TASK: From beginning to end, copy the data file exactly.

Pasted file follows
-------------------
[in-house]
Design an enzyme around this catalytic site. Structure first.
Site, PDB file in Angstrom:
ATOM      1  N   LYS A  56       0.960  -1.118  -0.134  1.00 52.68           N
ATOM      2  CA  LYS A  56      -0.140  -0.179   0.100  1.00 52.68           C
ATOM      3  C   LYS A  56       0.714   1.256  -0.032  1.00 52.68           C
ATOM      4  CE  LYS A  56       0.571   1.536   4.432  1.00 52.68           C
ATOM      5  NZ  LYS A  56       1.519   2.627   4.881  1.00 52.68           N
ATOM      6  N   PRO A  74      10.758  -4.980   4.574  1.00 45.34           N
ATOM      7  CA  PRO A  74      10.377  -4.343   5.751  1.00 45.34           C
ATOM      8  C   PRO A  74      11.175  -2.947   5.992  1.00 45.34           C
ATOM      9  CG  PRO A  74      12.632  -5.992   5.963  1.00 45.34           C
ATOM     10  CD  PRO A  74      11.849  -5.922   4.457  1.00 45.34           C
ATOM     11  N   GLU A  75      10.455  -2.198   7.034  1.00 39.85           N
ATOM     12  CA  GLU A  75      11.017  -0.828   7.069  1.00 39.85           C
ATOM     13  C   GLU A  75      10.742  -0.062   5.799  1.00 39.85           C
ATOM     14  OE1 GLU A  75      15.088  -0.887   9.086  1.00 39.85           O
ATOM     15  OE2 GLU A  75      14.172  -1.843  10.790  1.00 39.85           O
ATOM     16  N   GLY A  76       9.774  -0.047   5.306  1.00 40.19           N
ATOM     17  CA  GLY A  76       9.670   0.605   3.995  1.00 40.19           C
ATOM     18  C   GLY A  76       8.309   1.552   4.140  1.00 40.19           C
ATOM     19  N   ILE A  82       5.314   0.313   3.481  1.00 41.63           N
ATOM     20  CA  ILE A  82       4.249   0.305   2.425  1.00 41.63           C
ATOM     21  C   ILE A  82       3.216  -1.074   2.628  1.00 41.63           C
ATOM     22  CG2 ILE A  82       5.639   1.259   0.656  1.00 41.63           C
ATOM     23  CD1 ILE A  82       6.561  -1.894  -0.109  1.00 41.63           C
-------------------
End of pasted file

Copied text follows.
[in-house]
Design an enzyme around this catalytic site. Structure first.
Site, PDB file in Angstrom:
ATOM      1  N   LYS A  56       0.960  -1.118  -0.134  1.00 52.68           N
ATOM      2  CA  LYS A  56      -0.140  -0.179   0.100  1.00 52.68           C
ATOM      3  C   LYS A  56       0.714   1.256  -0.032  1.00 52.68           C
ATOM      4  CE  LYS A  56       0.571   1.536   4.432  1.00 52.68           C
ATOM      5  NZ  LYS A  56       1.519   2.627   4.881  1.00 52.68           N
ATOM      6  N   PRO A  74      10.758  -4.980   4.574  1.00 45.34           N
ATOM      7  CA  PRO A  74      10.377  -4.343   5.751  1.00 45.34           C
ATOM      8  C   PRO A  74      11.175  -2.947   5.992  1.00 45.34           C
ATOM      9  CG  PRO A  74      12.632  -5.992   5.963  1.00 45.34           C
ATOM     10  CD  PRO A  74      11.849  -5.922   4.457  1.00 45.34           C
ATOM     11  N   GLU A  75      10.455  -2.198   7.034  1.00 39.85           N
ATOM     12  CA  GLU A  75      11.017  -0.828   7.069  1.00 39.85           C
ATOM     13  C   GLU A  75      10.742  -0.062   5.799  1.00 39.85           C
ATOM     14  OE1 GLU A  75      15.088  -0.887   9.086  1.00 39.85           O
ATOM     15  OE2 GLU A  75      14.172  -1.843  10.790  1.00 39.85           O
ATOM     16  N   GLY A  76       9.774  -0.047   5.306  1.00 40.19           N
ATOM     17  CA  GLY A  76       9.670   0.605   3.995  1.00 40.19           C
ATOM     18  C   GLY A  76       8.309   1.552   4.140  1.00 40.19           C
ATOM     19  N   ILE A  82       5.314   0.313   3.481  1.00 41.63           N
ATOM     20  CA  ILE A  82       4.249   0.305   2.425  1.00 41.63           C
ATOM     21  C   ILE A  82       3.216  -1.074   2.628  1.00 41.63           C
ATOM     22  CG2 ILE A  82       5.639   1.259   0.656  1.00 41.63           C
ATOM     23  CD1 ILE A  82       6.561  -1.894  -0.109  1.00 41.63           C